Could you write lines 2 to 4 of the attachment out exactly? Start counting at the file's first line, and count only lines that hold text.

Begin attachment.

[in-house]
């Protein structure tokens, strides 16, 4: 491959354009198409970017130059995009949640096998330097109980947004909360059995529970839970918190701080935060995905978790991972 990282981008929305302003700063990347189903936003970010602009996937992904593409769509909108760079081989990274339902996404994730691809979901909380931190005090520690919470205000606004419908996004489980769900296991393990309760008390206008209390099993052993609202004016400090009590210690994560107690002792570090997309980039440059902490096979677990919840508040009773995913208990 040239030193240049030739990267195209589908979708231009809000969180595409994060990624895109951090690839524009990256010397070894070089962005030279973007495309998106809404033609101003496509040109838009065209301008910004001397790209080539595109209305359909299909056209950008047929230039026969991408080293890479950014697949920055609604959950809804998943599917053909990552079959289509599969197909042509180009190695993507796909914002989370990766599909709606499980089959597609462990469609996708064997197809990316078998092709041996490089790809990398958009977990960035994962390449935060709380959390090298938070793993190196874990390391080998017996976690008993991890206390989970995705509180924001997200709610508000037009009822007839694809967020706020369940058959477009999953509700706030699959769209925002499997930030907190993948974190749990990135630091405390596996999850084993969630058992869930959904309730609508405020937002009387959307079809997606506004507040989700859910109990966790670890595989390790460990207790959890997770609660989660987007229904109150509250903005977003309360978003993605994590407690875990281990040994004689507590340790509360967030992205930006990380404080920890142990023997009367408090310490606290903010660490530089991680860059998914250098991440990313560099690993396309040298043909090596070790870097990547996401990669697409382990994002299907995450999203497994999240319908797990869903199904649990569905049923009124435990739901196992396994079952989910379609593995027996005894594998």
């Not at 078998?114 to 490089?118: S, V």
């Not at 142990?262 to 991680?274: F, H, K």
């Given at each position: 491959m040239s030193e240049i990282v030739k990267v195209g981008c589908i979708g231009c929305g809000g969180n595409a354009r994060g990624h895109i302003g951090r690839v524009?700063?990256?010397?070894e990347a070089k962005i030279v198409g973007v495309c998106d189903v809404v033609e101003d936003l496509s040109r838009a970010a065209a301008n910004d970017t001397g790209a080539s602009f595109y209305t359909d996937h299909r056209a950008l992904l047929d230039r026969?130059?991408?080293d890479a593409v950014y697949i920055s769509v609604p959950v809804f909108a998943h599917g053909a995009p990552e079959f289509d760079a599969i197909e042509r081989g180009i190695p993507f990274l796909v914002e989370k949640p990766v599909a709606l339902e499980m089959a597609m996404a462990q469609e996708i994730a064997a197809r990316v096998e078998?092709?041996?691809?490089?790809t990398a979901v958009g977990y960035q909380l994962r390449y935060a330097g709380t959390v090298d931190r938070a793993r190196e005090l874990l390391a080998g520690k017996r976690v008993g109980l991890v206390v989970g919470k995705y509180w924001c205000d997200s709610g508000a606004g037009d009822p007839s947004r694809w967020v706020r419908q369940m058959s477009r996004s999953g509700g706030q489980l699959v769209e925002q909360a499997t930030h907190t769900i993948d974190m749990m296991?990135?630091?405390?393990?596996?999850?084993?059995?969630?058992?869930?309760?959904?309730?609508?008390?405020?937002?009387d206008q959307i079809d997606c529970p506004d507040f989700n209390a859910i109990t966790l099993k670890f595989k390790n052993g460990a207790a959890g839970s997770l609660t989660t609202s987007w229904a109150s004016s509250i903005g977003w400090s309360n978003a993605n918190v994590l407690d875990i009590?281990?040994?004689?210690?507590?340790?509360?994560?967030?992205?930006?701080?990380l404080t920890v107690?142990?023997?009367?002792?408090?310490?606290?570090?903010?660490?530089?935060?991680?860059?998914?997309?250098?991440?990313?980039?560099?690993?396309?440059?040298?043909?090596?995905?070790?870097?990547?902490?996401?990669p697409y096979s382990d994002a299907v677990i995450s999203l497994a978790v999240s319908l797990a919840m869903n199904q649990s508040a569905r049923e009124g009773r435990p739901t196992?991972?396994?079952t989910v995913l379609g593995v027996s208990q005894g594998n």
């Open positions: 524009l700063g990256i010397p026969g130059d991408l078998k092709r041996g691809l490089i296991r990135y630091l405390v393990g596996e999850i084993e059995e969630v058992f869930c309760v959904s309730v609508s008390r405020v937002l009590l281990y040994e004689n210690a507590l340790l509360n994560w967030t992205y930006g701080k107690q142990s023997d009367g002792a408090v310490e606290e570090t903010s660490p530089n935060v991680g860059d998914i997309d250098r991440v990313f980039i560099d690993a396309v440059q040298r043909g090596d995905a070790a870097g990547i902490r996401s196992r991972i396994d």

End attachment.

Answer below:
């Protein structure tokens, strides 16, 4: 491959354009198409970017130059995009949640096998330097109980947004909360059995529970839970918190701080935060995905978790991972 990282981008929305302003700063990347189903936003970010602009996937992904593409769509909108760079081989990274339902996404994730691809979901909380931190005090520690919470205000606004419908996004489980769900296991393990309760008390206008209390099993052993609202004016400090009590210690994560107690002792570090997309980039440059902490096979677990919840508040009773995913208990 040239030193240049030739990267195209589908979708231009809000969180595409994060990624895109951090690839524009990256010397070894070089962005030279973007495309998106809404033609101003496509040109838009065209301008910004001397790209080539595109209305359909299909056209950008047929230039026969991408080293890479950014697949920055609604959950809804998943599917053909990552079959289509599969197909042509180009190695993507796909914002989370990766599909709606499980089959597609462990469609996708064997197809990316078998092709041996490089790809990398958009977990960035994962390449935060709380959390090298938070793993190196874990390391080998017996976690008993991890206390989970995705509180924001997200709610508000037009009822007839694809967020706020369940058959477009999953509700706030699959769209925002499997930030907190993948974190749990990135630091405390596996999850084993969630058992869930959904309730609508405020937002009387959307079809997606506004507040989700859910109990966790670890595989390790460990207790959890997770609660989660987007229904109150509250903005977003309360978003993605994590407690875990281990040994004689507590340790509360967030992205930006990380404080920890142990023997009367408090310490606290903010660490530089991680860059998914250098991440990313560099690993396309040298043909090596070790870097990547996401990669697409382990994002299907995450999203497994999240319908797990869903199904649990569905049923009124435990739901196992396994079952989910379609593995027996005894594998």
């Not at 078998?114 to 490089?118: S, V």
């Not at 142990?262 to 991680?274: F, H, K």